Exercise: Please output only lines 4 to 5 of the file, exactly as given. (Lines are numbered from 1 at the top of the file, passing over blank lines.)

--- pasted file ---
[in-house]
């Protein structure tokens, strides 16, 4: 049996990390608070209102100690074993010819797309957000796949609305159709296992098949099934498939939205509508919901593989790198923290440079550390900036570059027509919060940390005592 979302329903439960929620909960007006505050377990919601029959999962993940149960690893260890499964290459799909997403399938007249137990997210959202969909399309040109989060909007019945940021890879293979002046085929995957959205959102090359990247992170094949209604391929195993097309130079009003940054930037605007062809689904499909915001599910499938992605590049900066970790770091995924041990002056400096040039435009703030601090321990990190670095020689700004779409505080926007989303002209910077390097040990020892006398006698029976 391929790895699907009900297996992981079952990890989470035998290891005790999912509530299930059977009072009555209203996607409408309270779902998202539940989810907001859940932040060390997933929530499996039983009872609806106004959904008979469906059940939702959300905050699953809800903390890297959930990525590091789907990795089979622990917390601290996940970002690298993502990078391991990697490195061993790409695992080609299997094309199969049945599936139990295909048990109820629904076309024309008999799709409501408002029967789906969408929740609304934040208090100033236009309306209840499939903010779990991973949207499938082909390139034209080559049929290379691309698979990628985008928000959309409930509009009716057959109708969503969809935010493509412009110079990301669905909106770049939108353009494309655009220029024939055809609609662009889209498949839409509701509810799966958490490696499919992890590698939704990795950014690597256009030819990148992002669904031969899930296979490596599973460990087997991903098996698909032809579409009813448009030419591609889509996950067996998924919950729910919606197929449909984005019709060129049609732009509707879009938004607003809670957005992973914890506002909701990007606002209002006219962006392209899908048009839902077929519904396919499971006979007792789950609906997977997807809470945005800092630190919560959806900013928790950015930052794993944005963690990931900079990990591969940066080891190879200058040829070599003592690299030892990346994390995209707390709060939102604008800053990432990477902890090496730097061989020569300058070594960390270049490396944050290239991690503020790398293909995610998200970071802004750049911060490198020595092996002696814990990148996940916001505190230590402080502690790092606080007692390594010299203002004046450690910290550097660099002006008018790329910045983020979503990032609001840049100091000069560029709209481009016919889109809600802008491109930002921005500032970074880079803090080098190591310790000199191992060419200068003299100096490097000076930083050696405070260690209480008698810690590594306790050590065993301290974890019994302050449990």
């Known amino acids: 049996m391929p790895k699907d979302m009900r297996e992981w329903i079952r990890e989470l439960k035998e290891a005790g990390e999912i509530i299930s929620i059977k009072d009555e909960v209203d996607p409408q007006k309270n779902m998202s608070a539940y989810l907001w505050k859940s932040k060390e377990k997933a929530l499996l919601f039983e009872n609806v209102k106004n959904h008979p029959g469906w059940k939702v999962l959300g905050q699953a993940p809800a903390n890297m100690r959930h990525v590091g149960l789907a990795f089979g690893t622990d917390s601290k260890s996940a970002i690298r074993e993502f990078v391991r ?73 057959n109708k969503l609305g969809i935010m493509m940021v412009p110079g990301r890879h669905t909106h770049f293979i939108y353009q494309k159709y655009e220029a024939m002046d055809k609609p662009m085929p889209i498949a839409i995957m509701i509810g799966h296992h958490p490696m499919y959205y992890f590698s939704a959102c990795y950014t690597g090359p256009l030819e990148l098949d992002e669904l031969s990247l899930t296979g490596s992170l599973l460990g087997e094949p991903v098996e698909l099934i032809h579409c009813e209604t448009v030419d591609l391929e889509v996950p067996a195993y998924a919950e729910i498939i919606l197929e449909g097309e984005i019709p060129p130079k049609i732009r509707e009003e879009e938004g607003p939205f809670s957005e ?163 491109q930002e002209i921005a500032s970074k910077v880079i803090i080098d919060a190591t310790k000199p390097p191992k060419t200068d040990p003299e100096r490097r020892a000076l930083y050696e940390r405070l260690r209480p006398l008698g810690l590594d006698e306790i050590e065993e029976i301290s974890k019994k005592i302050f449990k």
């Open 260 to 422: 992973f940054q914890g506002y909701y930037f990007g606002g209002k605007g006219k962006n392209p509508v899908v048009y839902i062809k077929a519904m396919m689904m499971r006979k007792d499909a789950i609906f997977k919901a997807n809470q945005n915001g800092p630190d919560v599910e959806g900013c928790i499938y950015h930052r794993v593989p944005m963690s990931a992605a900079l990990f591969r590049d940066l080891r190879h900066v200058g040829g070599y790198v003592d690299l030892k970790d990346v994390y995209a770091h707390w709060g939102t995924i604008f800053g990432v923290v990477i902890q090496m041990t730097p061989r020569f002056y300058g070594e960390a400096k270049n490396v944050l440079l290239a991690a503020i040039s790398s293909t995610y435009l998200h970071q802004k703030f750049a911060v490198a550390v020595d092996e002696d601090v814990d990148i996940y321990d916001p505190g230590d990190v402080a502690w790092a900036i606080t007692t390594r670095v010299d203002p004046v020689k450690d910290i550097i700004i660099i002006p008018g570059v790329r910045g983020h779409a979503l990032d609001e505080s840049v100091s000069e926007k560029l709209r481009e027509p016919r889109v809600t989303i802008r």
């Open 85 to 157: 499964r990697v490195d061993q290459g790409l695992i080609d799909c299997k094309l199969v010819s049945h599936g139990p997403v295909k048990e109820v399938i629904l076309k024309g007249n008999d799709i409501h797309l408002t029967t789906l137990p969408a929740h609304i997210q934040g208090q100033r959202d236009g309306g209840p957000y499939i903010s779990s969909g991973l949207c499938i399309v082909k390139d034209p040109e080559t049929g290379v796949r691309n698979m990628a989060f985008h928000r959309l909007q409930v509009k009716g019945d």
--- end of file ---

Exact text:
């Open 260 to 422: 992973f940054q914890g506002y909701y930037f990007g606002g209002k605007g006219k962006n392209p509508v899908v048009y839902i062809k077929a519904m396919m689904m499971r006979k007792d499909a789950i609906f997977k919901a997807n809470q945005n915001g800092p630190d919560v599910e959806g900013c928790i499938y950015h930052r794993v593989p944005m963690s990931a992605a900079l990990f591969r590049d940066l080891r190879h900066v200058g040829g070599y790198v003592d690299l030892k970790d990346v994390y995209a770091h707390w709060g939102t995924i604008f800053g990432v923290v990477i902890q090496m041990t730097p061989r020569f002056y300058g070594e960390a400096k270049n490396v944050l440079l290239a991690a503020i040039s790398s293909t995610y435009l998200h970071q802004k703030f750049a911060v490198a550390v020595d092996e002696d601090v814990d990148i996940y321990d916001p505190g230590d990190v402080a502690w790092a900036i606080t007692t390594r670095v010299d203002p004046v020689k450690d910290i550097i700004i660099i002006p008018g570059v790329r910045g983020h779409a979503l990032d609001e505080s840049v100091s000069e926007k560029l709209r481009e027509p016919r889109v809600t989303i802008r």
């Open 85 to 157: 499964r990697v490195d061993q290459g790409l695992i080609d799909c299997k094309l199969v010819s049945h599936g139990p997403v295909k048990e109820v399938i629904l076309k024309g007249n008999d799709i409501h797309l408002t029967t789906l137990p969408a929740h609304i997210q934040g208090q100033r959202d236009g309306g209840p957000y499939i903010s779990s969909g991973l949207c499938i399309v082909k390139d034209p040109e080559t049929g290379v796949r691309n698979m990628a989060f985008h928000r959309l909007q409930v509009k009716g019945d």